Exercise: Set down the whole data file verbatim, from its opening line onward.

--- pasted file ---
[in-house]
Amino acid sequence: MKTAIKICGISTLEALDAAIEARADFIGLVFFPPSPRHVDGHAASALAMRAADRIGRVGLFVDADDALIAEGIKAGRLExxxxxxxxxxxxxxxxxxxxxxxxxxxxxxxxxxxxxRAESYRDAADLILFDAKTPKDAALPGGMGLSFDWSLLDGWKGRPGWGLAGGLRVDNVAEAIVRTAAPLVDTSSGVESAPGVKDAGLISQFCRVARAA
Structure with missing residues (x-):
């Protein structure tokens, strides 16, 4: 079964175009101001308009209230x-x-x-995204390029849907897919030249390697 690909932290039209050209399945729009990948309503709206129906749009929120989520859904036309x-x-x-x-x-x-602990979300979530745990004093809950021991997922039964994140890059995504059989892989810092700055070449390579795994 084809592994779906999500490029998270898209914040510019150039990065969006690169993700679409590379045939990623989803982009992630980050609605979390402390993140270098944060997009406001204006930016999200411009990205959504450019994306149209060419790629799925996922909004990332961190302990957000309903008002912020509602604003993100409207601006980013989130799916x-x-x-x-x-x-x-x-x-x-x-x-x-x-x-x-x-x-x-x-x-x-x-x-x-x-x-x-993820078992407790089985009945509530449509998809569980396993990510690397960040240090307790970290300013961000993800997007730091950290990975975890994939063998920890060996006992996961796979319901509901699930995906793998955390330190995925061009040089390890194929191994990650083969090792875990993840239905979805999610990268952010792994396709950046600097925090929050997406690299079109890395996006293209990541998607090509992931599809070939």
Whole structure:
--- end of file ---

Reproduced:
[in-house]
Amino acid sequence: MKTAIKICGISTLEALDAAIEARADFIGLVFFPPSPRHVDGHAASALAMRAADRIGRVGLFVDADDALIAEGIKAGRLExxxxxxxxxxxxxxxxxxxxxxxxxxxxxxxxxxxxxRAESYRDAADLILFDAKTPKDAALPGGMGLSFDWSLLDGWKGRPGWGLAGGLRVDNVAEAIVRTAAPLVDTSSGVESAPGVKDAGLISQFCRVARAA
Structure with missing residues (x-):
């Protein structure tokens, strides 16, 4: 079964175009101001308009209230x-x-x-995204390029849907897919030249390697 690909932290039209050209399945729009990948309503709206129906749009929120989520859904036309x-x-x-x-x-x-602990979300979530745990004093809950021991997922039964994140890059995504059989892989810092700055070449390579795994 084809592994779906999500490029998270898209914040510019150039990065969006690169993700679409590379045939990623989803982009992630980050609605979390402390993140270098944060997009406001204006930016999200411009990205959504450019994306149209060419790629799925996922909004990332961190302990957000309903008002912020509602604003993100409207601006980013989130799916x-x-x-x-x-x-x-x-x-x-x-x-x-x-x-x-x-x-x-x-x-x-x-x-x-x-x-x-993820078992407790089985009945509530449509998809569980396993990510690397960040240090307790970290300013961000993800997007730091950290990975975890994939063998920890060996006992996961796979319901509901699930995906793998955390330190995925061009040089390890194929191994990650083969090792875990993840239905979805999610990268952010792994396709950046600097925090929050997406690299079109890395996006293209990541998607090509992931599809070939």
Whole structure: